Mar 19, 2020

Our New Normal

Executive Director's reflections

everyone deserves fresh produce

Executive Director's reflections

Executive Director Reflections

Executive Director Reflections

I woke up Monday morning wearied by the weekend’s onslaught of emails about COVID-19, the region’s toilet paper shortage, and my general anxieties about the health of my family. And I worried about the amount of food in my pantry for myself and my family.

I spent the start of my week sending emails about cancelled meetings and postponed trainings, engaging with staff about volunteer recruitment, and running around at home, my three children now homebound for who knows how long. I could feel the fatigue and discouragement weighing me down.

But then, I received an email that shifted my perspective. A member of the Food Growers Network wrote, "It is evident to me, more now than ever, how important The GardenWorks Project is, and how needed it will be for many people in the year to come! I can’t tell you how thankful I am to have taken all the GardenWorks classes on seed saving, canning, composting and more!" 

This captures the essence of our mission. The GardenWorks Project exists to promote fresh, local food and improve the health of our community, especially the families who don’t know where their next meal will come from. Our work to increase access to fresh food and self-sufficiency is critical in the daily lives of our clients—but it has expanded its reach to have profound significance in times of uncertainty—like now.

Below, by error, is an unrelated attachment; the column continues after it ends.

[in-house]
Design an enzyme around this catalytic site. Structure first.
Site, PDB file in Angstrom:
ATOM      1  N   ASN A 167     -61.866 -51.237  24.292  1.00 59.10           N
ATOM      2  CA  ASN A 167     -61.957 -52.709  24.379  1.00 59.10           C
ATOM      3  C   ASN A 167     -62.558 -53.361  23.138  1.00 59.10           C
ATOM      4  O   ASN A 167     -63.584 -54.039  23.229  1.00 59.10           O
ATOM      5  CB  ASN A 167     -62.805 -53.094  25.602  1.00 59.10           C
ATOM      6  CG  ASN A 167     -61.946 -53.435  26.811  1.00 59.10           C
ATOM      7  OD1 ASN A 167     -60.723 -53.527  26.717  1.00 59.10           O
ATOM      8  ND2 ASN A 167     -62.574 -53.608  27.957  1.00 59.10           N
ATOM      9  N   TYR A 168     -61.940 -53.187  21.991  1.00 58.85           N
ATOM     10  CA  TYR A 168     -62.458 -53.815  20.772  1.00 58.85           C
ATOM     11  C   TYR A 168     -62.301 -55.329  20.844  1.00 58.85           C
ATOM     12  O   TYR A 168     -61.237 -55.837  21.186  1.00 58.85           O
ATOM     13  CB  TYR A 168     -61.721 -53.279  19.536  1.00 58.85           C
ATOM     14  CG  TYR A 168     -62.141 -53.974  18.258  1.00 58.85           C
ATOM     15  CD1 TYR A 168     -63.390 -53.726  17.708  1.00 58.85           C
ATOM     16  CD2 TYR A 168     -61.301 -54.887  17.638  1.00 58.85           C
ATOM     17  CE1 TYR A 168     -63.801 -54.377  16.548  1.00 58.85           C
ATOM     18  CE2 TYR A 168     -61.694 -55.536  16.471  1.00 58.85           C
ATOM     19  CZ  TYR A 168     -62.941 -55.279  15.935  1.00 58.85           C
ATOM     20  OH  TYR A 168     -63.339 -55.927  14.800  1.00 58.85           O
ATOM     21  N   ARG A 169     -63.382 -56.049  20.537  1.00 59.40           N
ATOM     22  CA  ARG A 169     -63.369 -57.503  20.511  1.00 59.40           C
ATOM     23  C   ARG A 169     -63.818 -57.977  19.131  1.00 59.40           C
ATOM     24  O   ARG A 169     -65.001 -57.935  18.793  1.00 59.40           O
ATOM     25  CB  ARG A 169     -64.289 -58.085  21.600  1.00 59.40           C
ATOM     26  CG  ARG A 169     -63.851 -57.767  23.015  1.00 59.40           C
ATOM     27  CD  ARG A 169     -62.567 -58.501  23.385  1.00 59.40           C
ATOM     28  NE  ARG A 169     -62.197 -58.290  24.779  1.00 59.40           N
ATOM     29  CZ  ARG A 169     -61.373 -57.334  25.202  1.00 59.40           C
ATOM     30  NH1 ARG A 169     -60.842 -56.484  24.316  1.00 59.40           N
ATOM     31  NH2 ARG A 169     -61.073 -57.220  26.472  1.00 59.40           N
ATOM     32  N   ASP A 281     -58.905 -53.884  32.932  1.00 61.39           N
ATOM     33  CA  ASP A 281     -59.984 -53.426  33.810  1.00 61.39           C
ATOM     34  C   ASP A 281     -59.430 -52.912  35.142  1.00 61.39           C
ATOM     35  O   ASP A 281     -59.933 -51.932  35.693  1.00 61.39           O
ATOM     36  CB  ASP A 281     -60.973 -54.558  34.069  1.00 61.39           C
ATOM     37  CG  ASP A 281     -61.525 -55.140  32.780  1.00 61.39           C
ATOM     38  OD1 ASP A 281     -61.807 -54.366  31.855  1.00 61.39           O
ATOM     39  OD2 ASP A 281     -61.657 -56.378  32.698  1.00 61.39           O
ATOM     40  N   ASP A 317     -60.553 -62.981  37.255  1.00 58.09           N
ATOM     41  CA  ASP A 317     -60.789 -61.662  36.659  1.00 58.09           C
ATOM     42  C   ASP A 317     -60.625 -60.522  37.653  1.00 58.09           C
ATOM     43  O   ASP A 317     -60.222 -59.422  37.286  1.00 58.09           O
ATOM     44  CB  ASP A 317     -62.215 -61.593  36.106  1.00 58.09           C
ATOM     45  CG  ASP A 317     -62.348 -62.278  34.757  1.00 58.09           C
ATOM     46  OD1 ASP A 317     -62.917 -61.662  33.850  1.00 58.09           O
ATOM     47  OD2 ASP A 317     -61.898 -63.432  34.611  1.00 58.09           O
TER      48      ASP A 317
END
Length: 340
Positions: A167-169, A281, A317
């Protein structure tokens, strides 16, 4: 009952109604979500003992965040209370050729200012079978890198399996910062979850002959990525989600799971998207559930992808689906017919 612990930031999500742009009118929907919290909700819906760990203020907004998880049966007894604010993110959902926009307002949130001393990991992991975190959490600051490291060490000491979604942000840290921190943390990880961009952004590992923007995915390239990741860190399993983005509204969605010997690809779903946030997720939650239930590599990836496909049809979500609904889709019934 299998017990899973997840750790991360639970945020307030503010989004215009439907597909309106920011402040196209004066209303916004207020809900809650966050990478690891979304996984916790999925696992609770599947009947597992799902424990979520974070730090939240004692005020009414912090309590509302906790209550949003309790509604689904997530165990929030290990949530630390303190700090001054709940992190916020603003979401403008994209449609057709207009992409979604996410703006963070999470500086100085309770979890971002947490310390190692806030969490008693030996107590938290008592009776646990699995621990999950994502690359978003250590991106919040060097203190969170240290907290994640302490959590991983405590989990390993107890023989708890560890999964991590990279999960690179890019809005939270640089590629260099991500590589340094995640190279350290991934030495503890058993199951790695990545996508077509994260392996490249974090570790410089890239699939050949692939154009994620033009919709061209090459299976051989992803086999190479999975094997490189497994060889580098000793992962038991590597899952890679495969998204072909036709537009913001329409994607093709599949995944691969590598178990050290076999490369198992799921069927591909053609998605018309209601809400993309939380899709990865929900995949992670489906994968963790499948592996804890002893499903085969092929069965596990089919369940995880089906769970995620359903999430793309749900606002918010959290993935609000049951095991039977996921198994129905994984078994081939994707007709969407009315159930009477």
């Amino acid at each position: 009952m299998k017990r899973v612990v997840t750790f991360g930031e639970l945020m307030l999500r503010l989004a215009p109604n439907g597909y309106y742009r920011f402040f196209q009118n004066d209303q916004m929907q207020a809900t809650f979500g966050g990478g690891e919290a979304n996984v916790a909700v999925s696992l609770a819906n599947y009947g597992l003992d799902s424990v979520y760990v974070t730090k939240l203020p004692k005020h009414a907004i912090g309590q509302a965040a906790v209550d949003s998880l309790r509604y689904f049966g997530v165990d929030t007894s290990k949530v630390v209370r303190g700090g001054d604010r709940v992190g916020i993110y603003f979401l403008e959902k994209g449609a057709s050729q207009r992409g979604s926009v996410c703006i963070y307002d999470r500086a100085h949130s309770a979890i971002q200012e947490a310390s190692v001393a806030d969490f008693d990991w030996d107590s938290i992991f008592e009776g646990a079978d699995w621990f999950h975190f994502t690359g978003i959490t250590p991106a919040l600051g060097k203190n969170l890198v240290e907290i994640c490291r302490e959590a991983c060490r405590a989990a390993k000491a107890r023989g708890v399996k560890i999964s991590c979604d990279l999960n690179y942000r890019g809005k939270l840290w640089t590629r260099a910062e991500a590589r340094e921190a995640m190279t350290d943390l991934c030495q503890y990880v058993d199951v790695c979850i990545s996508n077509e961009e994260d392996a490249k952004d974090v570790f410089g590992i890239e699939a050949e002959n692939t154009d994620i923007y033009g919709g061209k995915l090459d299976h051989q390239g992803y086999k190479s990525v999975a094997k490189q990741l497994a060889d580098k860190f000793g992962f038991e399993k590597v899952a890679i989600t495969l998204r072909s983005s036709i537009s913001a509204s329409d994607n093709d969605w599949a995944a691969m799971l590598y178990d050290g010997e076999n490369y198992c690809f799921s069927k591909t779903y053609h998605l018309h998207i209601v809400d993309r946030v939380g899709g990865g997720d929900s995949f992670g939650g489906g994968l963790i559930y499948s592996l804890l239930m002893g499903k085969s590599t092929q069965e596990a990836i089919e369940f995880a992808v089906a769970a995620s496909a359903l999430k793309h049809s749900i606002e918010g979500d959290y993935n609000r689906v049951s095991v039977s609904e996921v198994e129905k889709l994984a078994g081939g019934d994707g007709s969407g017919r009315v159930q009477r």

It touches the whole food system, from food growers and restaurants to families wondering how they’re going to put food on the table. There is normally little concern of food scarcity in a developed, capitalist nation; however, when you factor in a world pandemic with market instability and a general fear of the unknown, the scarcity is in our faces: bare grocery shelves; fewer school meals; closed farmers markets; seniors urged to stay inside.

We don’t know what tomorrow may bring, and as we practice social distancing over the next few weeks, we have an opportunity to reflect on all we do have. This year, consider starting a garden and help grow the local food system. Here are a few easy ways to get started:

Join the Food Growers Network. We’ll ship you 20 seeds to get your spring garden started. Grow food for your family, your neighbors and local food pantries that are meeting increased demand with fewer resources. 

Sign up for our newsletter. We frequently share free resources that are available on our website, provide programming updates, share local food system news and keep you in the know about the work you’re making possible. 

Engage with The GardenWorks Project on social. Follow us on Twitter for fun articles and gardening tips. Follow us on Instagram for beautiful, colorful veggies. Share with and learn from our food growing experts on Facebook

We may not be able to grow toilet paper, but growing and harvesting your own food is a skill that got our families through hard times before and will help us this time, too. Learning to grow is an asset that will pay dividends in the long run, not only for yourself, but for those around you and your neighbors in need.

To health and a plentiful harvest,

 

Jeannie Iseman

Executive Director

The GardenWorks Project